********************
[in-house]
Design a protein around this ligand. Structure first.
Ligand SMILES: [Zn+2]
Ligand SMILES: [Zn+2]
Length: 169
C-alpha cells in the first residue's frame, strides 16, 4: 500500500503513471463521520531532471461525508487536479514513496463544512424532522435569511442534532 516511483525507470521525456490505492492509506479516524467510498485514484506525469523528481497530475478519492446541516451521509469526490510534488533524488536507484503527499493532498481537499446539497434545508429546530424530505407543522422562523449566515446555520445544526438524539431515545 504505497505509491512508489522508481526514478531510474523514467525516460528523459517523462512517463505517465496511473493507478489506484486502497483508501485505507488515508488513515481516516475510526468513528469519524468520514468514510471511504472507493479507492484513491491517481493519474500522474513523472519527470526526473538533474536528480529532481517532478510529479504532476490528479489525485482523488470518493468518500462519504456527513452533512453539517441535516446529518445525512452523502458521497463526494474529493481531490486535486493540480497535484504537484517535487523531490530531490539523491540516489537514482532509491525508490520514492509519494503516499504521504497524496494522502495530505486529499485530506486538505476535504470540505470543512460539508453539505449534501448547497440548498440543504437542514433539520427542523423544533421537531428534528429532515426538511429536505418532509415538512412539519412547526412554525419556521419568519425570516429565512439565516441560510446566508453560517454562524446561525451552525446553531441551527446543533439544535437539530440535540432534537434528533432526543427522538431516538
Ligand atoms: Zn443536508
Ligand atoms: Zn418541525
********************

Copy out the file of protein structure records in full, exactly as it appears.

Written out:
[in-house]
Design a protein around this ligand. Structure first.
Ligand SMILES: [Zn+2]
Ligand SMILES: [Zn+2]
Length: 169
C-alpha cells in the first residue's frame, strides 16, 4: 500500500503513471463521520531532471461525508487536479514513496463544512424532522435569511442534532 516511483525507470521525456490505492492509506479516524467510498485514484506525469523528481497530475478519492446541516451521509469526490510534488533524488536507484503527499493532498481537499446539497434545508429546530424530505407543522422562523449566515446555520445544526438524539431515545 504505497505509491512508489522508481526514478531510474523514467525516460528523459517523462512517463505517465496511473493507478489506484486502497483508501485505507488515508488513515481516516475510526468513528469519524468520514468514510471511504472507493479507492484513491491517481493519474500522474513523472519527470526526473538533474536528480529532481517532478510529479504532476490528479489525485482523488470518493468518500462519504456527513452533512453539517441535516446529518445525512452523502458521497463526494474529493481531490486535486493540480497535484504537484517535487523531490530531490539523491540516489537514482532509491525508490520514492509519494503516499504521504497524496494522502495530505486529499485530506486538505476535504470540505470543512460539508453539505449534501448547497440548498440543504437542514433539520427542523423544533421537531428534528429532515426538511429536505418532509415538512412539519412547526412554525419556521419568519425570516429565512439565516441560510446566508453560517454562524446561525451552525446553531441551527446543533439544535437539530440535540432534537434528533432526543427522538431516538
Ligand atoms: Zn443536508
Ligand atoms: Zn418541525